— Then take it up with them. I don’t necessarily know any evangelical who isn’t a fundamentalist who still literally believes it. I guess there’s a reason why we call them fundamentalists. The video, I believe, was specifically made to address Craig and the KCA argument, which he formulated, and who doesn’t take the Genesis account literally. The whole bible isn’t meant to be taken literally, this is true for any literary device. Sure some parts should be taken literally, like the life of Jesus and the letters of Paul and so forth, but I would doubt the reading comprehension of anyone who argues that, with respect to the whole bible, it’s a complete enigma as to what needs to be taken literally and figuratively. Obviously there is disagreement among exegetists, but I think Craig has already given the ‘web of faith’ analogy where the resurrection lies at the center of the web and bible inerrancy and other such lie at the periphery. Removing those beliefs at the periphery still leaves the web intact.

      you say:

      “Same with evolution . . . . deny, deny, deny, until the evidence is so overwhelming that the backpedal becomes ID.”

      — You are speaking to a theistic evolutionist, not an ID’er or a creationist. Besides, this has nothing to do with the KCA, so we might as well set this tangent aside.

      you say:

      “Except it doesn’t (except, I suppose, to theologians who need that to be true in order to support their conclusions). A thing in a state of infinite density may have no component parts, it may exist only as the smallest piece of the most primal matter, but that does not make it nothing.”

      — Well, “nothing” may not be the accurate description since we don’t exactly know what it is; our physics breaks down at that point; math starts to not work. Point is: it’s the state at which matter is “squeezed indefinitely”, as video lady described it. The problem here is that this is logically incoherent. How can something get squeezed indefinitely? Imagine that. We can’t actually verify that it’s “nothing” because we don’t have the calculus to describe how matter itself can be “squeezed indefinitely”. The fact is that Craig didn’t use the word “infinite” in this case to mean an ‘actual infinity’, so it’s much too different from the actual infinity, which an infinite regress will imply, that’s being described as logically incoherent in Hilbert’s paradox. The word is used differently on these 2 cases, and video lady was either strawmanning, or was ignorant of the distinctions.

      you say:

      “Calling the problems associated with defining God “retarded” shows first of all a serious lack of sensitivity for someone wrapping themselves in religious cloak.”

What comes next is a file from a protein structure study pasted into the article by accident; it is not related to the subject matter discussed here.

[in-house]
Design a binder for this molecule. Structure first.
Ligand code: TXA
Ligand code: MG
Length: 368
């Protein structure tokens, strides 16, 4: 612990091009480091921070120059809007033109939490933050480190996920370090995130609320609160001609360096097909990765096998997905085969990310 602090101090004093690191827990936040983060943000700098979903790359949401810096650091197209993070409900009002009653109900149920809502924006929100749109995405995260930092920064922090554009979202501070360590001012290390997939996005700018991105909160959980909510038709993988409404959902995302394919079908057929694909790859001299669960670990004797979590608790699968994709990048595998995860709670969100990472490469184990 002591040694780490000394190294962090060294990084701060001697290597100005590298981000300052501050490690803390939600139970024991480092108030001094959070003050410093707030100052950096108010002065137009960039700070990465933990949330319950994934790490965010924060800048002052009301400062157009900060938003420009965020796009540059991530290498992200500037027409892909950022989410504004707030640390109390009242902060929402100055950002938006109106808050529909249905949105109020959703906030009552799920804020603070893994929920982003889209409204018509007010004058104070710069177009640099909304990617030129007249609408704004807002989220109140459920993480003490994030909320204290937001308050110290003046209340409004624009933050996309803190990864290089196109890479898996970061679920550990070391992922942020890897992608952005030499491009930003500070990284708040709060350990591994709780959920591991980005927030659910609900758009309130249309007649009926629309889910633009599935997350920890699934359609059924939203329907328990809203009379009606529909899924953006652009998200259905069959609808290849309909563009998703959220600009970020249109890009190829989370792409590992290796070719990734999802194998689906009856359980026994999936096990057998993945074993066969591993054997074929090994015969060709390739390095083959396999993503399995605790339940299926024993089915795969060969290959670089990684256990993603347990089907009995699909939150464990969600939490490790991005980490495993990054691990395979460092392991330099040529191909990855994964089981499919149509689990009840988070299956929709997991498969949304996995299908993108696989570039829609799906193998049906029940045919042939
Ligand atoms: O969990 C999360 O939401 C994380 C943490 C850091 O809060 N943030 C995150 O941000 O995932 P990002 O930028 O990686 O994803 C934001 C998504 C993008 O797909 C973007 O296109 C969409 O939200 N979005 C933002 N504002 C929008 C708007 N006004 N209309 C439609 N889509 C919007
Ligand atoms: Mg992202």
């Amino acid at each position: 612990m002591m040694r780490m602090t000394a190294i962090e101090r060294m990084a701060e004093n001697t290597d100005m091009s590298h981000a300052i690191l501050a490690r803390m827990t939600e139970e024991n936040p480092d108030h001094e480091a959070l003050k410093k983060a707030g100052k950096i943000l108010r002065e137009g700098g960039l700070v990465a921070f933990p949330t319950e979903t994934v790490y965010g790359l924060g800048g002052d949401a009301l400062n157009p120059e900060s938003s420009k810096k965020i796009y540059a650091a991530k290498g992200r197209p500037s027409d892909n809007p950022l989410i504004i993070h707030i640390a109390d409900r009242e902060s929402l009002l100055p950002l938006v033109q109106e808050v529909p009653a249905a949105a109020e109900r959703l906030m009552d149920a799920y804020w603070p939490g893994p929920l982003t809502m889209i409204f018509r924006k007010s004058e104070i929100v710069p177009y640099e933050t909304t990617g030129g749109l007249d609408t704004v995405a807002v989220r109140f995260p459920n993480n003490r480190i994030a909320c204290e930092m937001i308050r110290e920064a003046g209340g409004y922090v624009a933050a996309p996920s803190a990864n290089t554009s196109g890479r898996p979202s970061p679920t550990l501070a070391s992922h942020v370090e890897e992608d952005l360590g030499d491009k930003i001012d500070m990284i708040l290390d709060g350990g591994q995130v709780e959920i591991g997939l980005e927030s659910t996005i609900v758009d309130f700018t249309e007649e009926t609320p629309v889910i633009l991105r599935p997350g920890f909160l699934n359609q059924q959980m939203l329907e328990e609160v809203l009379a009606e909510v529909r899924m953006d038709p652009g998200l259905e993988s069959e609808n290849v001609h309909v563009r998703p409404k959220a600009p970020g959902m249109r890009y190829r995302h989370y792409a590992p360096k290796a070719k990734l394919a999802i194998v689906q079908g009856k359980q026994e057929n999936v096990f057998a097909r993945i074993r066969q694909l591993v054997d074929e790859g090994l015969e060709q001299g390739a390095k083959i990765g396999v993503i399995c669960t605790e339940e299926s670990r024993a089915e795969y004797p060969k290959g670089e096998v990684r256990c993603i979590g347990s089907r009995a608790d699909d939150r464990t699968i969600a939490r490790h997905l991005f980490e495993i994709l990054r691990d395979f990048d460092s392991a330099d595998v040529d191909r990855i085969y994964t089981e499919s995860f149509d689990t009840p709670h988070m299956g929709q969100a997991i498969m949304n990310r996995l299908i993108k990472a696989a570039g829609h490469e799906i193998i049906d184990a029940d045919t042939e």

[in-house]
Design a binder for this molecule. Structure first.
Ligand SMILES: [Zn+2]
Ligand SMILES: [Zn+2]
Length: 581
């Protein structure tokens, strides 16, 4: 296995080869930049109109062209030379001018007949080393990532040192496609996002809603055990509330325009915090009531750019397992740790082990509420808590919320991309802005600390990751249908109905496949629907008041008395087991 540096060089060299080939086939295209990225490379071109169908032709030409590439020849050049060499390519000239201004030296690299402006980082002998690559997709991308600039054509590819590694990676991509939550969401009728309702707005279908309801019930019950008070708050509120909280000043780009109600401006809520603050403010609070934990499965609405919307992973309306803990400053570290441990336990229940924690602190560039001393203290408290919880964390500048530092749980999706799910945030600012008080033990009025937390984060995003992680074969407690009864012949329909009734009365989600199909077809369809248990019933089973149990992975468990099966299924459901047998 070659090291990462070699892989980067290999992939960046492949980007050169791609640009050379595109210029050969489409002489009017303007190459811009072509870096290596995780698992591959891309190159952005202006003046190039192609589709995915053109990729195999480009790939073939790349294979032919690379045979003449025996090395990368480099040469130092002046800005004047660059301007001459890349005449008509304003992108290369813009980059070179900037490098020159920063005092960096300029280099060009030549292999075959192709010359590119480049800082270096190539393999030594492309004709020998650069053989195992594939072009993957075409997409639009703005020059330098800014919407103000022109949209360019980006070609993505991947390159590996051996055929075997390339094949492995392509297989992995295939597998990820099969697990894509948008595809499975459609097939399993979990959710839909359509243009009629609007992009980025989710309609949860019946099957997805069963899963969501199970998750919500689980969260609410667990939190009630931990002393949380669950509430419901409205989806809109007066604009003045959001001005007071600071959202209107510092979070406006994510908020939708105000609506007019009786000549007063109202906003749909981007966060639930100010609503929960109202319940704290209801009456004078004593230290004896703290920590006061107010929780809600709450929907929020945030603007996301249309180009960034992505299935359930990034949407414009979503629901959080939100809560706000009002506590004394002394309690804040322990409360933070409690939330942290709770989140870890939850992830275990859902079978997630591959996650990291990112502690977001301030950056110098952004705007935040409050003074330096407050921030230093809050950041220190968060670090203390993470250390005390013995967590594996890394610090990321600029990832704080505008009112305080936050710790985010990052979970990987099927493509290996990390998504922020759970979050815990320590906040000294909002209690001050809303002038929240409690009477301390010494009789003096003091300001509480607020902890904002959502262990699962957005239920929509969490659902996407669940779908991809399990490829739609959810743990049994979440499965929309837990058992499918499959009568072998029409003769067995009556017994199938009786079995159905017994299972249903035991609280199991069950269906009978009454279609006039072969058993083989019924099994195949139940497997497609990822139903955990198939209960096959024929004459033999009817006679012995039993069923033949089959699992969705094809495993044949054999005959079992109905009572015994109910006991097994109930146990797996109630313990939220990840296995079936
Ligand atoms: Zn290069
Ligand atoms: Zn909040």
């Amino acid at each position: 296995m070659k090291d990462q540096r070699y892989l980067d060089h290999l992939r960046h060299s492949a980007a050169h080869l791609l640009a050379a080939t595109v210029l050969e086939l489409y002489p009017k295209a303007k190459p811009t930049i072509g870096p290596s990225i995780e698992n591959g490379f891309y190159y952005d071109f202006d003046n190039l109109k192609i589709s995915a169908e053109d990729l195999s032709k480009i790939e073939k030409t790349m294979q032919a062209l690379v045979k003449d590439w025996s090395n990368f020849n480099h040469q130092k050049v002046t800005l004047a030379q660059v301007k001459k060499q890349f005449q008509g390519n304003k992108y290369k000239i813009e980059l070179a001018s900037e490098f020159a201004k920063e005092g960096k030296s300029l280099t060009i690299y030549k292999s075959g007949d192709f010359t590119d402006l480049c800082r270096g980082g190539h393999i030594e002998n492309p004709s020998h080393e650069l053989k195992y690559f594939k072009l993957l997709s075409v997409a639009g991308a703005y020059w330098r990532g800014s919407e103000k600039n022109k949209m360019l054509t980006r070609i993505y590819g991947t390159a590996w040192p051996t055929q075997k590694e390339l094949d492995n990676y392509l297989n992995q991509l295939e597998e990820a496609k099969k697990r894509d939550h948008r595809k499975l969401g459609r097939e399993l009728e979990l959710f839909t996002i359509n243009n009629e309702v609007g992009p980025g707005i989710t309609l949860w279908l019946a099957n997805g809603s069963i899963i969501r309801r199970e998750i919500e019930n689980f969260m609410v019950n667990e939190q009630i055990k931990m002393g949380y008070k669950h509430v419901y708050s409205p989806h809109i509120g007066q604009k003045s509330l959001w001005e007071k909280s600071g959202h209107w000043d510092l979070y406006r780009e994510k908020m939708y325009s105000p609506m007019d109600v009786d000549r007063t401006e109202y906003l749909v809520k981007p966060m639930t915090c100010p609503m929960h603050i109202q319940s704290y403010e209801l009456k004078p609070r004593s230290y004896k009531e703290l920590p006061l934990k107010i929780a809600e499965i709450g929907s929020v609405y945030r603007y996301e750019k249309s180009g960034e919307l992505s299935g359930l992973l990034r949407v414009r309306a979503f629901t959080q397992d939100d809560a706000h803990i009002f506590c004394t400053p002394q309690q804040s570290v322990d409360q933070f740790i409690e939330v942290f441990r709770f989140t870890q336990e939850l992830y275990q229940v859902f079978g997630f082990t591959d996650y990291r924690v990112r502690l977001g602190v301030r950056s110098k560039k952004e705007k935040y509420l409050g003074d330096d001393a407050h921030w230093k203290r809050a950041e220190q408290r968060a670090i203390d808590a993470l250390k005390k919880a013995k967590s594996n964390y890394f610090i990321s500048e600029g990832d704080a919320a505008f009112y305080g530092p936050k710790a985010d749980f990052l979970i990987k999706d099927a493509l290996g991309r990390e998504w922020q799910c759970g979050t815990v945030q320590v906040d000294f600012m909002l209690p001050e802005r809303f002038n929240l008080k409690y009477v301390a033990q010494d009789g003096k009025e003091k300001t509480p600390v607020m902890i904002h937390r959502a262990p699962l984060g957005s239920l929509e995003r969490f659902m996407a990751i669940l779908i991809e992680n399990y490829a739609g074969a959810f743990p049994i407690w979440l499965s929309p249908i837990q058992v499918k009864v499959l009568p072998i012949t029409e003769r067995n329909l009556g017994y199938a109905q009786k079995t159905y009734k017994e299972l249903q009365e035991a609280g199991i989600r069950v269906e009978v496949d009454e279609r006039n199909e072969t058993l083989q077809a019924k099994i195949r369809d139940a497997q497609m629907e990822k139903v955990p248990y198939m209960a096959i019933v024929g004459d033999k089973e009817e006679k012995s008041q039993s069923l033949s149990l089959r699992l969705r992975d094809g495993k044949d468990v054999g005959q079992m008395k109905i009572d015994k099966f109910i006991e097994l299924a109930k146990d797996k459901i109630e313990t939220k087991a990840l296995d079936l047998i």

— I think the argument is retarded. I didn’t say video lady was retarded.

      you say:

      “But it’s also just name-calling because to any reasonable person it’s easy to see that it is just a trick of wordplay. It’s two kids playing in the park with robot toys, one says “I shot you with a laser!” and the other, not wanting the play to be over and not in his favor, says “Oh no you didn’t, mine is invincible! Game over!”

      — No it isn’t. No matter how you try to argue this, its quite plainly wrong. I am not making up attributes for God to make him beyond intellectual scrutiny. Christian God is by definition omnipotent. If some being out there created everything but was himself created by something else, then he wouldn’t be God, it’s that simple.

      you say:

      “Certainly there are Gods of other religions whose stories give them beginnings, it is only how the Bible defines the Christian God that you can make your claim, but that becomes circular because God’s only claim to his definition is himself as revealed in the Bible and we already know from the account of Genesis that you can’t take the Bible literally.”

      — Yes, and those “Gods of other religions” can quite easily be shown to be incoherent. These attributes are just basic philosophical conceptualizations of God that we won’t need the bible to tell us. Again, you really have to know the definition of what you try to argue against, else you would be moving the goalposts any which way you please. Even atheist philosophers, who do understand the concept of God, concede this.

      you say:

      “As for uncaused events in quantum phsyics, it’s way more evidence of uncaused events than there is actual evidence for God.”

      — Those particles do not come to existence uncaused. And, maybe you didn’t know, but the consensus isn’t that the events in quantum physics are not caused, but rather that the cause is yet to be known -this is one of the points of string theory, it tries to explain quantum events. Be that as it may, the point is that whatever the “cause” of a quantum event, the event or the particles that produce the event does not come into being uncaused.

      Again, nothing of what you or the lady in the video said refutes the KCA.

      To refute the KCA, you will have to show one of the premises to be faulty, or some solution to the logical contradictions of an actual infinity.

      I haven’t seen any.